In Spanning Tree Protocol, any switch other than the Root Switch, has to find a Root Port, from its available trunk ports, which is that Swithes Port to reach the Root Bridge (Switch). The Root Port is calculated in every Switch, other than the Root Switch, by using the lowest accumulated Path Cost Value to reach the Root Bridge (Switch).
The Spanning Tree Cost Value is inversely proportional to the associated bandwidth of the path and therefore a path with a low cost value is more preferable than a path with high cost value.
The following table lists the Port Cost value for different bandwidths.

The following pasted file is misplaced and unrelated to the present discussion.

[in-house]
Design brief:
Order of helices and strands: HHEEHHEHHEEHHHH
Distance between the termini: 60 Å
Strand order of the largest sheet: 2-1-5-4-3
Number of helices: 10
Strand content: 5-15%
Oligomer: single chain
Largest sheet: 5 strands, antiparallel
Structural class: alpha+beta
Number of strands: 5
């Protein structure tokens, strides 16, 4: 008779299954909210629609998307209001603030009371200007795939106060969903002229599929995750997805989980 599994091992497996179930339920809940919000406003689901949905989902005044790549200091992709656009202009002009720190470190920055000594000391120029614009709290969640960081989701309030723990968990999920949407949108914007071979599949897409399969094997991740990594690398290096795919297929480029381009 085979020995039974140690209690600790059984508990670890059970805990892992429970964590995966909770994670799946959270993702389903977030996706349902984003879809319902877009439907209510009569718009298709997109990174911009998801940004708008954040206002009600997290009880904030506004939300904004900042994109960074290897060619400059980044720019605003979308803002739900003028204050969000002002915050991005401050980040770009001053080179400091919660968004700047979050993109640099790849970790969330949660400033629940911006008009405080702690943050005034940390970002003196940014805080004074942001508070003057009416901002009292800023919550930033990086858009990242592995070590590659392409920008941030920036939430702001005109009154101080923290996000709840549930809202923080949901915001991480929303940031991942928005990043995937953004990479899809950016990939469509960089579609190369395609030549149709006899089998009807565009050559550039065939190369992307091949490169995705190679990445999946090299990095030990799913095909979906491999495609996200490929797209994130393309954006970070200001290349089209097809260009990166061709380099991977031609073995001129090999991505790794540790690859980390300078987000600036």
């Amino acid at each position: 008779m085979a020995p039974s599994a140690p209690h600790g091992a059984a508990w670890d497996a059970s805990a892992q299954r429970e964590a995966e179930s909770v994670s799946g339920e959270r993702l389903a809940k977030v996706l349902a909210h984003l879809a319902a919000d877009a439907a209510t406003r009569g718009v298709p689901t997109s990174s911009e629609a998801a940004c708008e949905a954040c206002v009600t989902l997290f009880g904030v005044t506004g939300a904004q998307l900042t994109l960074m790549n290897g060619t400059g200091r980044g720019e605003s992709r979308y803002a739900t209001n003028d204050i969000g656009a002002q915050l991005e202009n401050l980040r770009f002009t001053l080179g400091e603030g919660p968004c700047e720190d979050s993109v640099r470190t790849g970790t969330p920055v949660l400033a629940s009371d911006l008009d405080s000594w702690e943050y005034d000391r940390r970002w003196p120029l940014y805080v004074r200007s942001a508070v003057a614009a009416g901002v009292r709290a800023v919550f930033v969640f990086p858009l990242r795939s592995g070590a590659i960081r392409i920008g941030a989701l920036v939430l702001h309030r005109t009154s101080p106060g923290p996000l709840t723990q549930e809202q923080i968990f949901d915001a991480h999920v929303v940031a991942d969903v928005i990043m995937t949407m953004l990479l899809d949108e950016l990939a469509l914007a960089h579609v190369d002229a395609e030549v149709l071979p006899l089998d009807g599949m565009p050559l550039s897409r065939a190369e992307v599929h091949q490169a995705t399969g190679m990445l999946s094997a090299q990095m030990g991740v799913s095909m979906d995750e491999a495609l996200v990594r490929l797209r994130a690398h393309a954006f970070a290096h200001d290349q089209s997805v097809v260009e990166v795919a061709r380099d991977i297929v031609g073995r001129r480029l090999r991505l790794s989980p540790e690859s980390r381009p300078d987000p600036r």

|Link Speed||Cost Value|
As we can see from the above diagram, Switch 4 has two paths to reach the Root Switch (Switch 1). The accumulated Spanning Tree Path Cost Value via the left path is 23 (19 + 4) and the accumulated Spanning Tree Path Cost Value via the right path is 8 (4 + 4).
There for the best path to reach the Switch 1 (Root Switch) from Switch 4 is via right path (because of lowest cost) and the port in Switch 4 connected to the right path is selected as the Root Port.
Spanning Tree Path Cost value can be defined as the accumulated port costs from a Switch (other than the Root Bridge (Switch)) to reach the Root Switch. When a switch receives a Bridge Protocol Data Unit (BPDU) in its port, it increments the path cost with the cost of the incoming port. Path costs are incremented when a Bridge Protocol Data Unit (BPDU) reaches a port.